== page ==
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Ash Wednesday and a Life of Worship

“Even now,” declares the Lord, “return to me with all your heart, with fasting and weeping and mourning.” Rend your heart, and not your garments.

Joel 2:12-13a

This is a common Scripture reading for Ash Wednesday, the day that begins the season of Lent. Lent is a time to honestly assess our sins, to humble ourselves, to reflect on the sacrifice of Jesus Christ on the cross, and to re-focus on God. Many churches have additional worship opportunities during this season, in order to help people maintain this focus.

If we were honest with ourselves, and really understood how offensive our sin is to God, and realize that our sin was the reason Jesus had to suffer, it would bring us to tears, cause us to mourn, and maybe even cause us to fast – either by loss of appetite or by intentionally fasting to express our sorrow. Some people choose to fast from something (sugar, alcohol, tv, etc) during the 40 days of Lent.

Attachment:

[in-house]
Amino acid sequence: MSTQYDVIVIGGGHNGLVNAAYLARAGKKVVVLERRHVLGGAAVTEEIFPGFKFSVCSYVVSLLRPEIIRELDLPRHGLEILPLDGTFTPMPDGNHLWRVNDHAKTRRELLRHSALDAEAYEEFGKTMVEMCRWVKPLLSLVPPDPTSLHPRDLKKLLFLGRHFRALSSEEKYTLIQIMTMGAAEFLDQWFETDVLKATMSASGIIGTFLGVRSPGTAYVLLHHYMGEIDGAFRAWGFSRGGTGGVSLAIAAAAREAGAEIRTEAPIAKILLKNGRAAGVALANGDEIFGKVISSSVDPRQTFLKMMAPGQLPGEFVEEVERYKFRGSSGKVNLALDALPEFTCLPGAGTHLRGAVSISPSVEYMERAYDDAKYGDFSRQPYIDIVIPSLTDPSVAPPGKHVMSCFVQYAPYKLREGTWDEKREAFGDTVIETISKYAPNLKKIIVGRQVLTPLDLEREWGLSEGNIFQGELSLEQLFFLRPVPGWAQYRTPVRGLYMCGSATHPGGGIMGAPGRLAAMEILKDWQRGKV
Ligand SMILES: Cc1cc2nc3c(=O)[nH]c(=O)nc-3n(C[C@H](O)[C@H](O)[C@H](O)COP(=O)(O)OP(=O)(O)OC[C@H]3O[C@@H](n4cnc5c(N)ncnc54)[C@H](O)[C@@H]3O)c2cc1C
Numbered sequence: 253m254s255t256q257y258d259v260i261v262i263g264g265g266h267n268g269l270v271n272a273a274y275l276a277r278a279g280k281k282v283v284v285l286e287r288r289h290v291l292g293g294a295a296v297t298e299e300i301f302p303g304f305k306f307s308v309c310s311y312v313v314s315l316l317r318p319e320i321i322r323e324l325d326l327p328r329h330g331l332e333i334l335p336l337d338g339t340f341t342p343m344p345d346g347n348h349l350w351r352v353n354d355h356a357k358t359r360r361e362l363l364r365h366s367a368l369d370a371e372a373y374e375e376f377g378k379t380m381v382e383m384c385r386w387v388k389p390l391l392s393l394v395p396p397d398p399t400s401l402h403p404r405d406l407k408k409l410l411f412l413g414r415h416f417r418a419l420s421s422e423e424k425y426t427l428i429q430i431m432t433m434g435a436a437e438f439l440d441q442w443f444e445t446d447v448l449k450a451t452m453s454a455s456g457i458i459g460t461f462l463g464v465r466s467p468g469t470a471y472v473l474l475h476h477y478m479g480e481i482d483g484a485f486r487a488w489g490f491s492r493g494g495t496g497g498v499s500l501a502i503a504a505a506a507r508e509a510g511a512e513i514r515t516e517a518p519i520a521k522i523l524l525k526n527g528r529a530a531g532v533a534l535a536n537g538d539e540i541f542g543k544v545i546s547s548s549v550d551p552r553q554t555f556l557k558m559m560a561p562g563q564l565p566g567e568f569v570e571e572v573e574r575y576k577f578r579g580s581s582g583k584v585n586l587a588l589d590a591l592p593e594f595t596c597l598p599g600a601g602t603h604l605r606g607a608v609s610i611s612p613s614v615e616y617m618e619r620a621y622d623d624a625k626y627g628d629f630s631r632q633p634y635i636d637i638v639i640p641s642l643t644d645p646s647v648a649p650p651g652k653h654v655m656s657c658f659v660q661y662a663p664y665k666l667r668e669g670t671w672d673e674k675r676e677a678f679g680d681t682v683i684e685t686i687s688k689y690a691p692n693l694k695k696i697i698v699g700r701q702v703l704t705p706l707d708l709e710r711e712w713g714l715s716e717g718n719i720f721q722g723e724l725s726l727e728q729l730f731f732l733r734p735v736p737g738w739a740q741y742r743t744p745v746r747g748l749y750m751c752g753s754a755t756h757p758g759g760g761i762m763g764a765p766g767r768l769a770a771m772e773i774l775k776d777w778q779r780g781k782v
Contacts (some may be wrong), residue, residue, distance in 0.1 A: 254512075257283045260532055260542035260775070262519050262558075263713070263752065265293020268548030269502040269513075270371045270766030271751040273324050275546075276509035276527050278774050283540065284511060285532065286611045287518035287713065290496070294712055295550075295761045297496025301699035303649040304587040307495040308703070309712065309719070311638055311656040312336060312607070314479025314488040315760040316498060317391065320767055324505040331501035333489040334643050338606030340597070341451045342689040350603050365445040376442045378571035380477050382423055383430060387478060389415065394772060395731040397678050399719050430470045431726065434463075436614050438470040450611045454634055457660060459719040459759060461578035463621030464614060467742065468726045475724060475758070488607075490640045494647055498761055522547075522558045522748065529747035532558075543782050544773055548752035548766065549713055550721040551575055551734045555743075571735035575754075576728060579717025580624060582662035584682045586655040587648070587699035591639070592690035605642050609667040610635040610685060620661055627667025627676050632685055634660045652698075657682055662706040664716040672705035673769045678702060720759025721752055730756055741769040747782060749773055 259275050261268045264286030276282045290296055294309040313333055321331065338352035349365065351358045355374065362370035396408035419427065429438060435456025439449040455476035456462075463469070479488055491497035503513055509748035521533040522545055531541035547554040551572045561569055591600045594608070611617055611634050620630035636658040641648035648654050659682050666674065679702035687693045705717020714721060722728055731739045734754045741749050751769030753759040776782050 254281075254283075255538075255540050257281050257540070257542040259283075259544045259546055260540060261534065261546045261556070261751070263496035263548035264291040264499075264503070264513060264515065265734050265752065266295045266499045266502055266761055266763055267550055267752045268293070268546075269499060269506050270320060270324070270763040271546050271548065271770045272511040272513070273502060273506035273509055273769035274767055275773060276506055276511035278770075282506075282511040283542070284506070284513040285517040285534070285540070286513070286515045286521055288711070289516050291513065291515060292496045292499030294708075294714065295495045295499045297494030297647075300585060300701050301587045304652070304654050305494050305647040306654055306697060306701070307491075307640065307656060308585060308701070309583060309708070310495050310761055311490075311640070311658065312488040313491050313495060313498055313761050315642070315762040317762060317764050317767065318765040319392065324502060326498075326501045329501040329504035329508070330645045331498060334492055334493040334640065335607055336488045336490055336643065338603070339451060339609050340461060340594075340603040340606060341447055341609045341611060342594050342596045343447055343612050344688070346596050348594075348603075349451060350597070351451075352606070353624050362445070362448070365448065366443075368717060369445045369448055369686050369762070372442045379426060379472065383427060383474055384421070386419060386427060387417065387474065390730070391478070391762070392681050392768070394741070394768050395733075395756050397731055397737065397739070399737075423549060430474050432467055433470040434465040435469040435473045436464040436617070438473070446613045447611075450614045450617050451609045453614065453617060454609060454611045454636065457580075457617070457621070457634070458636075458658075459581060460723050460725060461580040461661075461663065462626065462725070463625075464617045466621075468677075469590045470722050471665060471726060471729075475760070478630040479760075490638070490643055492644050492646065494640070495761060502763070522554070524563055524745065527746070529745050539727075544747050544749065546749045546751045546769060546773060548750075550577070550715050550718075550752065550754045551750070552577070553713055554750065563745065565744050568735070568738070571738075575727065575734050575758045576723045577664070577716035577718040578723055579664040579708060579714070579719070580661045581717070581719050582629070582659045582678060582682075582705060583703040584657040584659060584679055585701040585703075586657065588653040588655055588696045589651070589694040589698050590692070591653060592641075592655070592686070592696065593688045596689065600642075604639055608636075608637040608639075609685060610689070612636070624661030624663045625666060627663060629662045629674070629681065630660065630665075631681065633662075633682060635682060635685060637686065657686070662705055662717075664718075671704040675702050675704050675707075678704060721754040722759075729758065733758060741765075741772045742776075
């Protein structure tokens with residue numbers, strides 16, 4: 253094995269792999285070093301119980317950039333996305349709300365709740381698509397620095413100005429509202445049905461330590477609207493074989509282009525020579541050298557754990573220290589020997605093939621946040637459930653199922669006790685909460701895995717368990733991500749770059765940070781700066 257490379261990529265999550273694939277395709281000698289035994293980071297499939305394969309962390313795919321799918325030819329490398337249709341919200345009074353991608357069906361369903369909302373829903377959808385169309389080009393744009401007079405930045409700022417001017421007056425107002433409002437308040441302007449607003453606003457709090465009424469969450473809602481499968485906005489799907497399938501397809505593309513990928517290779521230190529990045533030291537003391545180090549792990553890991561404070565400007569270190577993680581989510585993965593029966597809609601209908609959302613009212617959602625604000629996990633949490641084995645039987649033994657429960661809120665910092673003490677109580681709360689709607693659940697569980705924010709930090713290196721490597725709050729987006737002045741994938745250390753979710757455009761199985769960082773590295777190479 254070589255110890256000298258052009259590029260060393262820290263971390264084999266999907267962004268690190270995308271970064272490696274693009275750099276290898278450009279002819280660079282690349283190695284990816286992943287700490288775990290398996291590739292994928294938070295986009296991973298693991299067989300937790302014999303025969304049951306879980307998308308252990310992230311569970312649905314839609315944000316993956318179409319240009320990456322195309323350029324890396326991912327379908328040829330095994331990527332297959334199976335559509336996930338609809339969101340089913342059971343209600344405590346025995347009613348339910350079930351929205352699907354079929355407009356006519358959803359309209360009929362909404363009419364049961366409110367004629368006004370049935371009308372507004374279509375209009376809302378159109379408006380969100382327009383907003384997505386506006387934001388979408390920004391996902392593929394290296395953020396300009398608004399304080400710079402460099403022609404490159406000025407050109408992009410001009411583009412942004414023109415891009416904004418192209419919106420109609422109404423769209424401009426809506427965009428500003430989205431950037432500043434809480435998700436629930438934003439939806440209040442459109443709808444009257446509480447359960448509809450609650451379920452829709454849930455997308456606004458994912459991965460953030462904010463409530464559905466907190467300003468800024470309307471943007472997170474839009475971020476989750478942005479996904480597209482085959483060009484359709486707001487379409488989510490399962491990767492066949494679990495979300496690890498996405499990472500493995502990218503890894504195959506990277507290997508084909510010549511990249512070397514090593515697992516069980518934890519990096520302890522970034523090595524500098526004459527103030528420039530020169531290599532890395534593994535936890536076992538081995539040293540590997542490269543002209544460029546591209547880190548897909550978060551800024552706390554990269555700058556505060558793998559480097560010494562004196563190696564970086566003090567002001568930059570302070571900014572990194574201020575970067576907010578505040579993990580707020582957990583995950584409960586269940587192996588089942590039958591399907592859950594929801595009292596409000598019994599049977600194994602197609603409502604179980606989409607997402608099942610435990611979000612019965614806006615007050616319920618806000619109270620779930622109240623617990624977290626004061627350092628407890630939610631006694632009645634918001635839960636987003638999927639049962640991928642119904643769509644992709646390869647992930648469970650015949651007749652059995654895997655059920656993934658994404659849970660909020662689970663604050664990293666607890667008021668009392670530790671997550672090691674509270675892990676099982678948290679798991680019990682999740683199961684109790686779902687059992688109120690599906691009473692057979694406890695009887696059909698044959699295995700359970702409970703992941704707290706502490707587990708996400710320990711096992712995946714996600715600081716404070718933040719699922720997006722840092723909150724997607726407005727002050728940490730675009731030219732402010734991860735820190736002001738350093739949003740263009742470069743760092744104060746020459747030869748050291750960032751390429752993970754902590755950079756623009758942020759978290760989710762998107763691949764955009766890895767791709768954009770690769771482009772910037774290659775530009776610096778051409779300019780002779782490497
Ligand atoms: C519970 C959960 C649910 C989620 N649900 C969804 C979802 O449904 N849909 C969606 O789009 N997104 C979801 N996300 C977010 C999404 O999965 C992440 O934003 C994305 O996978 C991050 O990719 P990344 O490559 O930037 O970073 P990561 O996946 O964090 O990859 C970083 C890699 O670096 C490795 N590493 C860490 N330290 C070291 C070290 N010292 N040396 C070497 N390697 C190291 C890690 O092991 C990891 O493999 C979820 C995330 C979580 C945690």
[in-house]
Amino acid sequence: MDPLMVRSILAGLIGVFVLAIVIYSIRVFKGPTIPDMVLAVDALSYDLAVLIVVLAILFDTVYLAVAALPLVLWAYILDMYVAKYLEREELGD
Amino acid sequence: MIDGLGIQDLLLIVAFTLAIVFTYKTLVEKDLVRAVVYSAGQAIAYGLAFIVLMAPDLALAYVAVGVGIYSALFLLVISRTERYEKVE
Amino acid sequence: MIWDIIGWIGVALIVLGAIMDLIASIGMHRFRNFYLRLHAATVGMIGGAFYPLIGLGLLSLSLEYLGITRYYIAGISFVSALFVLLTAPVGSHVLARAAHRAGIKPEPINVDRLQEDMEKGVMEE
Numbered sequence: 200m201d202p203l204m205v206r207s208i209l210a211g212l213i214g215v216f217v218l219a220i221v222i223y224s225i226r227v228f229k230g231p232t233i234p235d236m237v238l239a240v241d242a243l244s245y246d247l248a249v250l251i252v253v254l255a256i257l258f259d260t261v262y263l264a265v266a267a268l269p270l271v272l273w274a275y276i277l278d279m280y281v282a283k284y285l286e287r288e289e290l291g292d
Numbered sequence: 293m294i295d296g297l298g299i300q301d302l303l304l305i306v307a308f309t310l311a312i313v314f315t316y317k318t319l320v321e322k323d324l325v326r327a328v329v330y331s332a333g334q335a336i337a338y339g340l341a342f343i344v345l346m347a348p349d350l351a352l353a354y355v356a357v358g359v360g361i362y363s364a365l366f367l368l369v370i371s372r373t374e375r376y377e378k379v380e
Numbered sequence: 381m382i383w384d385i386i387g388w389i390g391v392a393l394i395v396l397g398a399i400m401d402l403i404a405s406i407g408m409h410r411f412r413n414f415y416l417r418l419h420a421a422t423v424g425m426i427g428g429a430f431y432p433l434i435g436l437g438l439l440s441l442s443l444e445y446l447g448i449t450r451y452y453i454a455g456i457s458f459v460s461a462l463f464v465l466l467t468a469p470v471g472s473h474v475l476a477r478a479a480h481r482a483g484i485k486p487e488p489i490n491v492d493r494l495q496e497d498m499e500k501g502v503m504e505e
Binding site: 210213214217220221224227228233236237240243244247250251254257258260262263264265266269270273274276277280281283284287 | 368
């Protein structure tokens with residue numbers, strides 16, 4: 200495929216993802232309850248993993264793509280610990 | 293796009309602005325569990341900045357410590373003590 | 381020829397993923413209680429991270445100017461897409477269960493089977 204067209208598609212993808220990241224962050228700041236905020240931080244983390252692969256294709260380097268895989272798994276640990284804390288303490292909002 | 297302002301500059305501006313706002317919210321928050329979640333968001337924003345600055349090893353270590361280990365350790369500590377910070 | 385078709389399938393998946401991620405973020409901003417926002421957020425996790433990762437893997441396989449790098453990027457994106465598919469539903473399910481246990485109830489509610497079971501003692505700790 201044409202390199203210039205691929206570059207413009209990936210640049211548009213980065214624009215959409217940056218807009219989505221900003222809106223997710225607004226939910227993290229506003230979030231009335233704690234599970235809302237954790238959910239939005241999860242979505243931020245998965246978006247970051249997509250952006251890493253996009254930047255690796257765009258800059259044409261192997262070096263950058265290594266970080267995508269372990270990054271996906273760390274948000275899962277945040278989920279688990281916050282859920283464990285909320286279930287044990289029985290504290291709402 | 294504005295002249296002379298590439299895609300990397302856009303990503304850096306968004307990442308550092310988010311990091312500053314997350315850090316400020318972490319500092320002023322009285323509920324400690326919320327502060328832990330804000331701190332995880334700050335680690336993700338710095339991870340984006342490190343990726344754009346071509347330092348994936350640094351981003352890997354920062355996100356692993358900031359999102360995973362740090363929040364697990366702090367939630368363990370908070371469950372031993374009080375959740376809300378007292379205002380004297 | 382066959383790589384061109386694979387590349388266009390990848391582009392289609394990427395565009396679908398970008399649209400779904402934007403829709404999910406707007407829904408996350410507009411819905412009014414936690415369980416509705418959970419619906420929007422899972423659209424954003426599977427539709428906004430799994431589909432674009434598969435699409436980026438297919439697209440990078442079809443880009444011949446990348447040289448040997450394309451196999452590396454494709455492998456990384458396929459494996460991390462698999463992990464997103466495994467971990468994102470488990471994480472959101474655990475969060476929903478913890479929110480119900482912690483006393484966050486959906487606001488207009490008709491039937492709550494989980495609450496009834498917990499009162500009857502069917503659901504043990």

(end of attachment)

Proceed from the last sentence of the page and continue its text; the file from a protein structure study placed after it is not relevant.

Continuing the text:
God is not as much concerned with outward expressions of sorrow, like tearing one’s clothes (a common expression in Biblical times) or putting ashes on our forehead, like many do on Ash Wednesday. There’s nothing wrong with those things, but God’s primary concern is that we experience heartbreak over our sin, so that it leads us to repentance and a return to Him. So if you plan to fast from something during Lent, I hope it is something that helps you return, or draw nearer, to God. And perhaps you can add something in its place, like attending Lent worship services, or spending time in the Bible and prayer.

Over the last several months I’ve been lamenting the direction our country’s culture is heading, further and further away from God. I wrote a separate post about it (here), so I’ll just summarize it by saying that I believe the main problem is that the church – all Christians – in this country has failed to be salt and light in the culture.